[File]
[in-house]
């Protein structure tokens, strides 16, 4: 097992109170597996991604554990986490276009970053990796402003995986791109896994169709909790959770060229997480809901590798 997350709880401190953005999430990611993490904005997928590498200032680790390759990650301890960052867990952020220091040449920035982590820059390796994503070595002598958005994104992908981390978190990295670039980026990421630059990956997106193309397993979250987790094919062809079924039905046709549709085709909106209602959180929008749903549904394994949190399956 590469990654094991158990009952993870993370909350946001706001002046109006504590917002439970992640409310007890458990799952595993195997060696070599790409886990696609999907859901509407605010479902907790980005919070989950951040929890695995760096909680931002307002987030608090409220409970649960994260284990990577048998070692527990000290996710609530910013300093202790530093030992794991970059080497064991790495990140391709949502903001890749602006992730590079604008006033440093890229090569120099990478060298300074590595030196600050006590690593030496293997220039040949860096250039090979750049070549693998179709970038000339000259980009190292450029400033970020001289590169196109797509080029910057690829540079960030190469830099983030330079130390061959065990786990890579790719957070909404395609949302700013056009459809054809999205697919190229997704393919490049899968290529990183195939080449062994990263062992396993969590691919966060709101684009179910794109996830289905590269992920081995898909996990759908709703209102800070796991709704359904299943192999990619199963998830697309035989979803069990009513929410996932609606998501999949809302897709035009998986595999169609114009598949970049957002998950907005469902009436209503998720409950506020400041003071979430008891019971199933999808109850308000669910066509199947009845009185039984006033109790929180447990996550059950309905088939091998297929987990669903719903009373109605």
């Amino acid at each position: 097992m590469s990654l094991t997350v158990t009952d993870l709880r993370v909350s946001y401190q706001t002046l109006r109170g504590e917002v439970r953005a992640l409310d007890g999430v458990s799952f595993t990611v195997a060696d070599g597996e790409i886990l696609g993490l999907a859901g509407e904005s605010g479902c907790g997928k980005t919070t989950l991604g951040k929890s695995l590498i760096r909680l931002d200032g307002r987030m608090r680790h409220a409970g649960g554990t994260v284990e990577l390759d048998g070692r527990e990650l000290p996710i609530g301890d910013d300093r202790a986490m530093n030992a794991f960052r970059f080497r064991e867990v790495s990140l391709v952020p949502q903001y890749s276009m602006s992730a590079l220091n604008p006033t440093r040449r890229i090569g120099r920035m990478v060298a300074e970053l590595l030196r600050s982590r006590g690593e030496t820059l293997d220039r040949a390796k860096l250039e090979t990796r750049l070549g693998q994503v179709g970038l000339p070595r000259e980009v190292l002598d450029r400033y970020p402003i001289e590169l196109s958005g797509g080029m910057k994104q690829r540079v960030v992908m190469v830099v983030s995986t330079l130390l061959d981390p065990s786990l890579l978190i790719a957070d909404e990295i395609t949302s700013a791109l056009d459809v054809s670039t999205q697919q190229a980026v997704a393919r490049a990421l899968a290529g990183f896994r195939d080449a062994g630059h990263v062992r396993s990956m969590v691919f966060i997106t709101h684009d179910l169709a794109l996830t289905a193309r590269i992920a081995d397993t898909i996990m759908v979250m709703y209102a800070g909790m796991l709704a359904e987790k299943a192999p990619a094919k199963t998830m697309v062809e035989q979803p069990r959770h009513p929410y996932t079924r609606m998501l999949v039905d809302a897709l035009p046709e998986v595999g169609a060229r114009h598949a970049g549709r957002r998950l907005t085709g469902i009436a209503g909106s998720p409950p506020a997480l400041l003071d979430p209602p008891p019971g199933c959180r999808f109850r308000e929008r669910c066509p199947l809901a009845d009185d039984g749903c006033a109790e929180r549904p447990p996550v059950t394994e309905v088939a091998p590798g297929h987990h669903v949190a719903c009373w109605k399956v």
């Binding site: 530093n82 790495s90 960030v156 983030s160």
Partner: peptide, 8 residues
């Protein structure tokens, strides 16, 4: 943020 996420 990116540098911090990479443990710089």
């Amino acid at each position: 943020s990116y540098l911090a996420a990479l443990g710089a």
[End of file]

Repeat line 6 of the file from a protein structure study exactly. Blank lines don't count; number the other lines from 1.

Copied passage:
């Protein structure tokens, strides 16, 4: 943020 996420 990116540098911090990479443990710089």